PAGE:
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Open Access Articles- Top Results for FINA Swimming World Cup

FINA Swimming World Cup

The FINA Swimming World Cup is an international series of short course (25 m) swimming meets organized by FINA, the International Federation for swimming. The series was started in the 1988/1989, and is open to swimmers from FINA member countries.

The series has traditionally been held in the northern hemisphere's winter-time (October–February range), placing it within the normal short course competition times for many countries (with long course competition predominating in summer months). In some years, the World Cup has been held across a New Year's, leading to dual-year designations for a given series (e.g. "2004–05 World Cup"), and in other years, the series has been held entirely on one side of a New Year's Day, leading to a single year description. This latter is the current format in place (e.g. the "2010 World Cup").

Currently, the overall 1st, 2nd, and 3rd place finishers are awarded prize money.[1]

Events

The events are the same for all meets, but the competition order may vary. All events are swum prelims/finals, with the exception of the 800 m and 1500 m freestyle which are swum as timed finals (all swimmers swim just once). The meets are held over two days, with preliminary heats in the morning, and finals in the evening. A noted exception to this style are the meets held in Brazil, where prelims have been in the evening with finals the following morning (and hence a 3-day format).

Series events (all in short course pools):

  • Freestyle: 50, 100, 200, 400, 800 (women only) and 1500 (men only);
  • Backstroke: 50, 100 and 200;
  • Breaststroke: 50, 100 and 200
  • Butterfly: 50, 100 and 200
  • Individual Medley: 100, 200, and 400.

Winners

Season Name Nationality
1988–89
men Winners in six events
women Winners in six events
1989–90
men Winners in six events
women Winners in six events
1991
men Winners in six events[2]
women Winners in six events[2]
1991–92
men Winners in six events
women Winners in six events
1993
men Winners in six events
women Winners in six events
1994
men Winners in six events
women Winners in six events
1995
men Winners in six events
women Winners in six events
1996
men Winners in six events
women Winners in six events
1997
men Winners in six events
women Winners in six events
1998
men Winners in six events
women Winners in six events
1998–99
men Winners in six events
women Winners in six events
1999–2000
men Winners in 17 events
women Winners in 17 events
2000–01
men Winners in 13 events
women Winners in 11 events
2001–02
men Ed Moses 23x15px United States
women Martina Moravcová 23x15px Slovakia
2002–03
men Thomas Rupprath 23x15px Germany
women Alison Sheppard 23x15px Great Britain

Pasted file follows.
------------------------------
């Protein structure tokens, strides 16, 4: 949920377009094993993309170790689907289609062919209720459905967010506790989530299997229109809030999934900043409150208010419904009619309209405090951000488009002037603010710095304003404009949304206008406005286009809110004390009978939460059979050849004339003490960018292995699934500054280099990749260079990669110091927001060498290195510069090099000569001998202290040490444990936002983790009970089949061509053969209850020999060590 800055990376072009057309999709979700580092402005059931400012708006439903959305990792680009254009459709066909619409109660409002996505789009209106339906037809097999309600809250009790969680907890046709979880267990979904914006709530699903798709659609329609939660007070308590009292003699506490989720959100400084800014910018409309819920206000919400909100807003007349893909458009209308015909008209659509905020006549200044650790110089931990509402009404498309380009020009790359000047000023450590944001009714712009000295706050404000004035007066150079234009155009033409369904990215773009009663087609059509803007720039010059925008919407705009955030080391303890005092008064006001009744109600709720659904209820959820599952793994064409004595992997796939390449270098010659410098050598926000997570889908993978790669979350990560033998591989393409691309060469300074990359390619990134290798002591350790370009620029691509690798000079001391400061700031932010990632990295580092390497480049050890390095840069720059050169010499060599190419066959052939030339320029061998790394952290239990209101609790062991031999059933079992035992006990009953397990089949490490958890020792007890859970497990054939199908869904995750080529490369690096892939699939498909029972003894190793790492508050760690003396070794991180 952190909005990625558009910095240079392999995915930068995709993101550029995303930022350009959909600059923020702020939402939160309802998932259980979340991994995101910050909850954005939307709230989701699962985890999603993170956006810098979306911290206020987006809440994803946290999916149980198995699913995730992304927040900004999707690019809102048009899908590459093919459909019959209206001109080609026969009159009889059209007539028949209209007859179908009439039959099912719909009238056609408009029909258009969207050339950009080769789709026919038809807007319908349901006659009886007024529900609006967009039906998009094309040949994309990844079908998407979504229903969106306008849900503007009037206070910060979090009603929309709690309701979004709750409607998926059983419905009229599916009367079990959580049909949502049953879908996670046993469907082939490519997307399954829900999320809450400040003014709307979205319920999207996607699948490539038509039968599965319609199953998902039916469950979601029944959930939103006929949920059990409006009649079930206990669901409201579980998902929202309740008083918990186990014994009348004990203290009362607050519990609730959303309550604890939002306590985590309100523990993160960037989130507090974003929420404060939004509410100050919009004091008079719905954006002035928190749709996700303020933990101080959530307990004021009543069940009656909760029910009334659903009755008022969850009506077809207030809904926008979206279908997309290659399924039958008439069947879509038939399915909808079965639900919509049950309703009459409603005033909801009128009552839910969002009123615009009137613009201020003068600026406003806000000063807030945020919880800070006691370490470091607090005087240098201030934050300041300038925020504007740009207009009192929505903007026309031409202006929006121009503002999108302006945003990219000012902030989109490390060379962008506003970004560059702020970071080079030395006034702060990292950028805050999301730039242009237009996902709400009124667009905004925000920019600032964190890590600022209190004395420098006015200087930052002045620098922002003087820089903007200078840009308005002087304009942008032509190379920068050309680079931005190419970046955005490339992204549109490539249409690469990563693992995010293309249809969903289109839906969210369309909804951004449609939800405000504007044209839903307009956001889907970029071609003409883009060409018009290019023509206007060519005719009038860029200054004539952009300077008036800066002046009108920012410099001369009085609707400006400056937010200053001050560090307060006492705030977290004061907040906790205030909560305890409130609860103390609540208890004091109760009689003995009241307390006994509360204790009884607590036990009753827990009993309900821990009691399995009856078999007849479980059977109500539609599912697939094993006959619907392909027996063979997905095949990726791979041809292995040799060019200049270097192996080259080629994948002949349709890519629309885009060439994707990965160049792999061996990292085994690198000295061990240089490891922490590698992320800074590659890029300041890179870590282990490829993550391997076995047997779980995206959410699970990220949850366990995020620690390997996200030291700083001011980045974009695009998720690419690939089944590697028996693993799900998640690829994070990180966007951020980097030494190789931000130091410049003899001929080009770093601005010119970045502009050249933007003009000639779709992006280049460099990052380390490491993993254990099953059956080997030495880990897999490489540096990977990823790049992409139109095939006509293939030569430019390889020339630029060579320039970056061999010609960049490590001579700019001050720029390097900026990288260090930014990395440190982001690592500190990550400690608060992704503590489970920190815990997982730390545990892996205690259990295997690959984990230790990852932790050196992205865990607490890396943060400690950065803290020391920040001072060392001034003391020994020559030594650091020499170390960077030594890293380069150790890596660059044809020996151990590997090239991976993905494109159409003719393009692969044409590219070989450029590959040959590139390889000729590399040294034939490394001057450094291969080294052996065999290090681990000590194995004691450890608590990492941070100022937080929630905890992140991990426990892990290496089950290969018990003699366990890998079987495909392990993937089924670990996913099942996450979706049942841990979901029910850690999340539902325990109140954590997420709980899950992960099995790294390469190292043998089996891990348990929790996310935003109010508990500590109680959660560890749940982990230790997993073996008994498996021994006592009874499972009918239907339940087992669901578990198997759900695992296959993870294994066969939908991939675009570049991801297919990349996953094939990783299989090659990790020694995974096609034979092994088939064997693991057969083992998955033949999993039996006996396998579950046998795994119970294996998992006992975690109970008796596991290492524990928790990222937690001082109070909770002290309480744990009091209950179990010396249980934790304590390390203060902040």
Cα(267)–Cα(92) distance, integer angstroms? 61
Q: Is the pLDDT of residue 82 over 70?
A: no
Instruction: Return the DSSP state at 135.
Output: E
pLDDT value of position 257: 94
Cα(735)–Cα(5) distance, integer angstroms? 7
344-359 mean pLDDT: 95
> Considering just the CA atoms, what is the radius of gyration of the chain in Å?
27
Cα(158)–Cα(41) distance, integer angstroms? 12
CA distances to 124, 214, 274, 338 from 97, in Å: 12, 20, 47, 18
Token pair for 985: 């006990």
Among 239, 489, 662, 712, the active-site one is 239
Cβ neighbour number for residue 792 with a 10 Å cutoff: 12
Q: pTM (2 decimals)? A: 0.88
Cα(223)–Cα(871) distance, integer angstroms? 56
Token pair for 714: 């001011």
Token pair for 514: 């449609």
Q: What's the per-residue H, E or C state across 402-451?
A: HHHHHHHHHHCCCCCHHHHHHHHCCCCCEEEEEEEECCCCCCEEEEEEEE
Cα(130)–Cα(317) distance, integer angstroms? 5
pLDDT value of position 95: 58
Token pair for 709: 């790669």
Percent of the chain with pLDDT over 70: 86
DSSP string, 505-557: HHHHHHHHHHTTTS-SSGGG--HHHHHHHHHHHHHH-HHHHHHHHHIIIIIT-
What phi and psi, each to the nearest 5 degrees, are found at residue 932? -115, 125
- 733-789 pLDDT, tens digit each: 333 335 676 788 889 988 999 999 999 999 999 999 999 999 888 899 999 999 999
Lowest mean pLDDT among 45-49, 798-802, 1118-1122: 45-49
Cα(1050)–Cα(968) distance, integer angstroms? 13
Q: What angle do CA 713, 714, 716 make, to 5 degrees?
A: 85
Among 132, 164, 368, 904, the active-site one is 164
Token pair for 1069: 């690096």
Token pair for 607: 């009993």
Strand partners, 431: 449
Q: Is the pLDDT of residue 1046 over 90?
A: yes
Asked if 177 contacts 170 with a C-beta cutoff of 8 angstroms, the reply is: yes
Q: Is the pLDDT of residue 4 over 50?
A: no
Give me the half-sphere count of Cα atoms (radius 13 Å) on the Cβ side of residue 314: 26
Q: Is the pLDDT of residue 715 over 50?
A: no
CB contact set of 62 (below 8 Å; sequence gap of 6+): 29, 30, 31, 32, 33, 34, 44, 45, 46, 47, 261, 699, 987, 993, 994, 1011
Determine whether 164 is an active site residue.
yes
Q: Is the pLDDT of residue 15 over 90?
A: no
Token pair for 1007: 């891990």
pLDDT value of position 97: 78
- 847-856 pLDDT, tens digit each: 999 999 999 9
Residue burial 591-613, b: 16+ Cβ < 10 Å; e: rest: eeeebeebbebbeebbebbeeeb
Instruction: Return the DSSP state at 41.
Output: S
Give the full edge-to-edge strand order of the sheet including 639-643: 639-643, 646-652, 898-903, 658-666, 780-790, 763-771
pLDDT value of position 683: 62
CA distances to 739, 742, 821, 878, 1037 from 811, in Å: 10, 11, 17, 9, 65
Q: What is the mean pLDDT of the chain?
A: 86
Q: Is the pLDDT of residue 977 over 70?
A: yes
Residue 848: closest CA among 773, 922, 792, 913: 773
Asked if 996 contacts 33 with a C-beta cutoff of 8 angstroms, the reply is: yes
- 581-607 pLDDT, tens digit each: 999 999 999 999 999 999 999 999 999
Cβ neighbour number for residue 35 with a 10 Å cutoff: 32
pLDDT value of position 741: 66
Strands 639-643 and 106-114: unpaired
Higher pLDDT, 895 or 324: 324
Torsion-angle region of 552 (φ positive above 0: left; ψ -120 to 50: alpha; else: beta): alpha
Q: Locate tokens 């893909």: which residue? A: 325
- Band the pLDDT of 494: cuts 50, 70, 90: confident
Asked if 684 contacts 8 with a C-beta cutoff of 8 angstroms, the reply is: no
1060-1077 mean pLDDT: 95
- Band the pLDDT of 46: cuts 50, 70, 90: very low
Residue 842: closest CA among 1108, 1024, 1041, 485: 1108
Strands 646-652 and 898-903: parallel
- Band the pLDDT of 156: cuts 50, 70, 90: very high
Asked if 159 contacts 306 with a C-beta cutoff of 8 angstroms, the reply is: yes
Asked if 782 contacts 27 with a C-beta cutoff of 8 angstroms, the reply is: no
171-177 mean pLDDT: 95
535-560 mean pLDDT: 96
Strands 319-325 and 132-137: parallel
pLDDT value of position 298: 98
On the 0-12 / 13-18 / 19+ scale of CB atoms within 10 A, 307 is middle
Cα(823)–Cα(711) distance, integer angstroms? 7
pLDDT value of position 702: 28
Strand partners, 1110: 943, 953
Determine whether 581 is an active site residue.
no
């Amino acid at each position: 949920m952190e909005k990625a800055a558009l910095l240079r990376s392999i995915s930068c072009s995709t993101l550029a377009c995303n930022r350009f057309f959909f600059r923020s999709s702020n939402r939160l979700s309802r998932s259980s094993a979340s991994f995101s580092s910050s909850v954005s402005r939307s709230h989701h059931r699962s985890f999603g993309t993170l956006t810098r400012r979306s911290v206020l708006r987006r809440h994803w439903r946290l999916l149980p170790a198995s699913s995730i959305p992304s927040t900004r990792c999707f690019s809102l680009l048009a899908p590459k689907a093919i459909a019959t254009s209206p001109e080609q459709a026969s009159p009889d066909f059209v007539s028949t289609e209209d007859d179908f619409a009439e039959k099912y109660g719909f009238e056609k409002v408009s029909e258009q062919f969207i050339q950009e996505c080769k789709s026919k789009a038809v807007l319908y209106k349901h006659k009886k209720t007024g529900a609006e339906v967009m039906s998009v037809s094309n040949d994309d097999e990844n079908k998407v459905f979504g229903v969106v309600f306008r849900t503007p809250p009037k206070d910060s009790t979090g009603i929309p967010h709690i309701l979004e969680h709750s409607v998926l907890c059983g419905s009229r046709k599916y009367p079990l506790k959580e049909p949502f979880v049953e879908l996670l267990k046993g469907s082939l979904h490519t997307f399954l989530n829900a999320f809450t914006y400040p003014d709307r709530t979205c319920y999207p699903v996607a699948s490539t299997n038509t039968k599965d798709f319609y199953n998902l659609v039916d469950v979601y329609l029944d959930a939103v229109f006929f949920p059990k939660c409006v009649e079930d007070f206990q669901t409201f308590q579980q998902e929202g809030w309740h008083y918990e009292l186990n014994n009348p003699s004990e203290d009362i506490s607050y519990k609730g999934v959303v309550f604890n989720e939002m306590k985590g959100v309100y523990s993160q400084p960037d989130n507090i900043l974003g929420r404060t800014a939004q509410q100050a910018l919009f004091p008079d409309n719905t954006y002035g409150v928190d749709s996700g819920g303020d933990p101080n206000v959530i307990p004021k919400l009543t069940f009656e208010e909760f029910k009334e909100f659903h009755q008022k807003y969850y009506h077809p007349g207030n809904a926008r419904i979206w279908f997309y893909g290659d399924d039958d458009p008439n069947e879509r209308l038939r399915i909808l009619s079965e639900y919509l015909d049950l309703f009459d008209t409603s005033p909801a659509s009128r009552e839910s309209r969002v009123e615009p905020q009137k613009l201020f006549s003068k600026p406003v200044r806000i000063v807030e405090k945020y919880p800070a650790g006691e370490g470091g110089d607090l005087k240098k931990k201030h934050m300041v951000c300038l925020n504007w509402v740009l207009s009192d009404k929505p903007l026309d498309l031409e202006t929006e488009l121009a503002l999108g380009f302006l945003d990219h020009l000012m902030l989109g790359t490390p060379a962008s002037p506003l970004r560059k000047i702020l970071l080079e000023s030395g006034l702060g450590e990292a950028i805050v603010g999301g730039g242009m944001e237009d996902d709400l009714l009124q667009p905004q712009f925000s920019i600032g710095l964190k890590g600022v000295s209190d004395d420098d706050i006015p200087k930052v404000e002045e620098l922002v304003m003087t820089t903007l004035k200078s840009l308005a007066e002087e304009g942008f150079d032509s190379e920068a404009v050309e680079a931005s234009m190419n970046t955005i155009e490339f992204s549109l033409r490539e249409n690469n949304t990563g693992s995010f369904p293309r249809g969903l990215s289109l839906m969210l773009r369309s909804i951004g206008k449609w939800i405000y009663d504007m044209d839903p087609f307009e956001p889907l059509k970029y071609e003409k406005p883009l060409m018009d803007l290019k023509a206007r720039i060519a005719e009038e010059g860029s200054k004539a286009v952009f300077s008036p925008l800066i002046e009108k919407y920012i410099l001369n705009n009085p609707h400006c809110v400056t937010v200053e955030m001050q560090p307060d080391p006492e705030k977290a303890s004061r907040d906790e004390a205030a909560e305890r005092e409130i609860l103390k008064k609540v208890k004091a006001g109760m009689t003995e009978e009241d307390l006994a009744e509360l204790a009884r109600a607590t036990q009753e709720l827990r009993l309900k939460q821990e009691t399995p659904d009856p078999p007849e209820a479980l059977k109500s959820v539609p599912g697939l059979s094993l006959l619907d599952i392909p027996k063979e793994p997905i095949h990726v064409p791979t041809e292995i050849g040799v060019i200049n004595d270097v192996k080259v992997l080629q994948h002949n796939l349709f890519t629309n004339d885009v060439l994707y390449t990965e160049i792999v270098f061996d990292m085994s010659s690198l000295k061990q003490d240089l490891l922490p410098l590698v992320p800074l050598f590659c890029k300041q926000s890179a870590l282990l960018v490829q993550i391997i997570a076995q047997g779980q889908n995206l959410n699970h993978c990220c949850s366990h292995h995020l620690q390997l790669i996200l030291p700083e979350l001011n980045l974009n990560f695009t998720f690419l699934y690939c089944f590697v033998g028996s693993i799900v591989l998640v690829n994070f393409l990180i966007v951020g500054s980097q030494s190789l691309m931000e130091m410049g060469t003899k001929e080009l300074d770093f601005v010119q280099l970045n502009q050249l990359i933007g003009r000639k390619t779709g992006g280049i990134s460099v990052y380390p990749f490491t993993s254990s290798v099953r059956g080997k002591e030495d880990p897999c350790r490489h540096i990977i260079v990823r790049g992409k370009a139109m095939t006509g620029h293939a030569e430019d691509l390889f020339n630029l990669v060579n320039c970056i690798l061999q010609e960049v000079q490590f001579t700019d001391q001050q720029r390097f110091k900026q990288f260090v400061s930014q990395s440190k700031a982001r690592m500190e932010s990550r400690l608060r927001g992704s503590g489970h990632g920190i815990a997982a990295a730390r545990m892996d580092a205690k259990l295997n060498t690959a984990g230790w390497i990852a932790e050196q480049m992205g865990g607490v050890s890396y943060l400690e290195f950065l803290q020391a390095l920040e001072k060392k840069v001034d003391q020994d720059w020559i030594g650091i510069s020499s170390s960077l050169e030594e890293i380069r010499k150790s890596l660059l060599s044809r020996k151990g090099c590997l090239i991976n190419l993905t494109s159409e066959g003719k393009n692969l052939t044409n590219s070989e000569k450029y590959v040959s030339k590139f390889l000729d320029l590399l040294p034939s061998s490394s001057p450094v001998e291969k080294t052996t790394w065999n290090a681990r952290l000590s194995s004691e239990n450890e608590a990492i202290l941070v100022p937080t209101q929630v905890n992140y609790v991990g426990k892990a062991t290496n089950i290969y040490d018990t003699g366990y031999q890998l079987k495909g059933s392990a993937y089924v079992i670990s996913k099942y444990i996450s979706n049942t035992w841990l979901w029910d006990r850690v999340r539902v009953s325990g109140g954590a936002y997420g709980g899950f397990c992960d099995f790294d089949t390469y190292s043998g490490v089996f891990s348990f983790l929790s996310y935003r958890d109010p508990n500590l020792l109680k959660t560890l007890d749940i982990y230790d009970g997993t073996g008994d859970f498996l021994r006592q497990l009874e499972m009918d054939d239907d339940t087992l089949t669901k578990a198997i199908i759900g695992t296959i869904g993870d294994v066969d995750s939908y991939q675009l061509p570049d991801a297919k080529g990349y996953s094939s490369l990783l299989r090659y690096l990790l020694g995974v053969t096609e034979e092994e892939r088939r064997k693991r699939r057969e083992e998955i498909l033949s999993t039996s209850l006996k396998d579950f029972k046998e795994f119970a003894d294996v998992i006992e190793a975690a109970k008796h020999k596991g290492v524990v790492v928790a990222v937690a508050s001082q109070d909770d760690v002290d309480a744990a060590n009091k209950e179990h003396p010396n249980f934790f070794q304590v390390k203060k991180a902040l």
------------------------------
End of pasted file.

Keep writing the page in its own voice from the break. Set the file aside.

2003–04
men Ed Moses 23x15px United States
women Martina Moravcová 23x15px Slovakia
2004–05
men Ryk Neethling 23x15px South Africa
women Anna-Karin Kammerling 23x15px Sweden
2005–06
men Ryk Neethling 23x15px South Africa
women Therese Alshammar 23x15px Sweden
2007[3]
men Randall Bal 23x15px United States
women Therese Alshammar 23x15px Sweden
2008
men Cameron van der Burgh 23x15px South Africa
women Marieke Guehrer 23x15px Australia
2009
men Cameron van der Burgh 23x15px South Africa
women Jessica Hardy 23x15px United States
2010
men Thiago Pereira 23x15px Brazil
women Therese Alshammar 23x15px Sweden
2011
men Chad le Clos 23x15px South Africa
women Therese Alshammar 23x15px Sweden
2012
men Kenneth To 23x15px Australia
women Katinka Hosszú 23x15px Hungary
2013
men Chad le Clos 23x15px South Africa
women Katinka Hosszú 23x15px Hungary
2014
men Chad le Clos 23x15px South Africa
women Katinka Hosszú 23x15px Hungary

Venues

Country City 88

89

89

90

91 91

92

93 94 95 96 97 98 98

99

99

00

00

01

01

02

02

03

03

04

04

05

05

06

07 08 09 10 11 12 13 14 Total
23x15px Australia Hobart 2
Melbourne 5
Sydney 6
23x15px Brazil Belo Horizonte 5
Rio de Janeiro 7
23x15px Canada Edmonton 4
Montreal 2
Toronto 1
Victoria 1
23x15px China Beijing 11
Shanghai 5
23x15px Finland Espoo 3
23x15px France Paris 14
23x15px Germany Berlin [4] [4] 16
Bonn 5
Gelsenkirchen 7
Rostock 1
23x15px Great Britain Glasgow 1
Leicester 2
London 1
Sheffield 9
Template:Country data Hong Kong Hong Kong 8
23x15px Italy Desenzano 2
Imperia 7
Milan 3
Saint-Vincent 1
Venice 1
Template:Country data Japan Tokyo 5
23x15px Netherlands Eindhoven 1
23x15px Qatar Doha 3
23x15px Russia Moscow 11
Saint Petersburg [5] 2
23x15px Singapore Singapore 8
23x15px South Africa Durban 6
Template:Country data South Korea Daejon 3
23x15px Spain Palma de Mallorca 1
23x15px Sweden Gothenburg 3
Malmö 10
Stockholm 12
23x15px USA College Station, TX 1
Indianapolis, IN 1
New York, NY (East Meadow) 5
Orlando, FL 1
Washington, D.C. 2
23x15px United Arab Emirates Dubai 4
Total 8 8 7 8 7 7 7 8 8 9 12 12 10 9 7 8 8 8 7 7 5 7 7 8 8 7


External links

  • World Cup sponsor Arena's webpage for the circuit.
  • Swim Rankings Results
  • FINA/ARENA Swimming World Cup – Dubai Calendar – Dubai Events Official Listings [1]

References

  1. ^ FINA/ARENA Swimming World Cup 2008 – Scoring
  2. ^ a b Moravcova Tops Final FINA World Cup Rankings; Balcerzak is Top American – January 29, 2001. Swimming World Magazine: published 2001-01-29; retrieved 2009-06-13.
  3. ^ Bal and Alshammar get the world cup. Published 2007-12-11; retrieve from FINA website on 2008-06-25.
  4. ^ a b as East Berlin
  5. ^ as Leningrad